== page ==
Counselling

Examples might include the supply of suitable routes to properties to be burgled or the best times to carry out such crimes.

Under Sec 8 of the Accessories and Abettors Act 1861  'Whosoever shall aid, abet, counsel, or procure the commission of [any indictable offence], whether the same be [an offence] at common law or by virtue of any Act passed or to be passed, shall be liable to be tried, indicted, and punished as a principal offender.'  

In Attorney General’s Reference (No.1 0f 1975) the Court of Appeal held that each of the four words, aid, abet, counsel and procure, had a separate meaning.


Counselling means to advise or encourage and is similar to abetting but it takes place before the crime is committed.  Examples might include the supply of suitable routes to properties to be burgled or the best times to carry out such crimes.  In Calhaem (1985) the female defendant wanted to have another woman killed, she hired a hit man to kill the woman, he decided not to carry out the murder claiming that he only intended to fake the murder attempt and then claim it had been unsuccessful. When he went to the woman's house he said that she screamed which caused him to panic and kill her. The judge held that the female defendant had persuaded the 'hit man' to commit the crime and she was guilty of counselling him and was therefore a secondary offender.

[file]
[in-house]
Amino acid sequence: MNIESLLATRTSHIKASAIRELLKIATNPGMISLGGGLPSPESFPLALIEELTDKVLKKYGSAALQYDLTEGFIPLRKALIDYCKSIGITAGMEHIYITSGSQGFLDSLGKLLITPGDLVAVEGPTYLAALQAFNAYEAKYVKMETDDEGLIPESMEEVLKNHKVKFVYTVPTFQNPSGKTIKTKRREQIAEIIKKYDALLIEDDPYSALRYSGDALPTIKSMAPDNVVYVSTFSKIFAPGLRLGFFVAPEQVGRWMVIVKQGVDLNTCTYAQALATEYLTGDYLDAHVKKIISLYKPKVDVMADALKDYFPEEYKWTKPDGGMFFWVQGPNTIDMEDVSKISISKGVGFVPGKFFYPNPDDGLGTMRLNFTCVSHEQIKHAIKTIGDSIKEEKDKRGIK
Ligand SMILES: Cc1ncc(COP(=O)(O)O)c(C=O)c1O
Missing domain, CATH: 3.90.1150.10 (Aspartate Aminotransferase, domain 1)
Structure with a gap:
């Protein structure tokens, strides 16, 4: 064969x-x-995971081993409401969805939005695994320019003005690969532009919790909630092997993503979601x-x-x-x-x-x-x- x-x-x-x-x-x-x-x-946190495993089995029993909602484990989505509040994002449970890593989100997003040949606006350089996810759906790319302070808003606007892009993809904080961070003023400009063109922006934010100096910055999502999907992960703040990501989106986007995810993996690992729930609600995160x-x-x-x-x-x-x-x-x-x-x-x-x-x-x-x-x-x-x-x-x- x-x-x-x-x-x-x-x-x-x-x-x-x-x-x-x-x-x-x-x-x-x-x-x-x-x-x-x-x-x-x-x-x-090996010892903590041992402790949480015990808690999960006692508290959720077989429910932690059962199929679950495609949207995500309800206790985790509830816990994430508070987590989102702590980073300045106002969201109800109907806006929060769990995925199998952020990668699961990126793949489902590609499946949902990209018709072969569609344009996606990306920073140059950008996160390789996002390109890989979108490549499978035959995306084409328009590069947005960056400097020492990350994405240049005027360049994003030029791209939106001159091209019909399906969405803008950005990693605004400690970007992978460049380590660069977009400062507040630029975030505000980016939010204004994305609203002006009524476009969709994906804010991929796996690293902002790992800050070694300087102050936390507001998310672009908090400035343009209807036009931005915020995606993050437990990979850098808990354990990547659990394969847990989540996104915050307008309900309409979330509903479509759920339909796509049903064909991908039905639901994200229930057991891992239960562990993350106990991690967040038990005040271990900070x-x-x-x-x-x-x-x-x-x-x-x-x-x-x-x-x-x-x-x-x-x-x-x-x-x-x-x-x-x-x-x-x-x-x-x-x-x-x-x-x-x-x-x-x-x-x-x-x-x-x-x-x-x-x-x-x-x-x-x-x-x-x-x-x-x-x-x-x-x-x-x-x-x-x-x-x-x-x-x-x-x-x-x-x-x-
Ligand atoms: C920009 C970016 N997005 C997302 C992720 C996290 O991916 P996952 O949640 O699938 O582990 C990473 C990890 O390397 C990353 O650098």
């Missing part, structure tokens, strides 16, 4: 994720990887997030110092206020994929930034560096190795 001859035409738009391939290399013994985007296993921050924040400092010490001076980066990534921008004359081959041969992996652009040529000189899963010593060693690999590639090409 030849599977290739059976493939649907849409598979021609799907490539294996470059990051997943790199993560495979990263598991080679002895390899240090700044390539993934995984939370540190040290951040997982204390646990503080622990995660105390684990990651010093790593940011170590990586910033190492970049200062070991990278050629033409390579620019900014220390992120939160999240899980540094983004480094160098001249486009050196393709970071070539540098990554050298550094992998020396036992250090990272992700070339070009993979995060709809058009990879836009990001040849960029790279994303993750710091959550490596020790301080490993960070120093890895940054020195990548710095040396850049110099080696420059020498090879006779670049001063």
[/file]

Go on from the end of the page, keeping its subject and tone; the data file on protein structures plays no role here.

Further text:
Secondary liability gives the prosecution the opportunity to proceed against the principal offender who committed the crime and against others who were involved in the commission of the offence. Secondary liability is a common law doctrine.

 

 

Liability of Secondary Parties

 

 

Encourage

Help

Before the crime

Counsel

Procure

At the time of the crime

Abet

Aid

 

Aiding;

Abetting;
Procuring;

Secondary Party;

Joint Enterprise;

Joint Principals;

Actus Reus For Secondary Participation;

Mens Rea For Secondary Participation;

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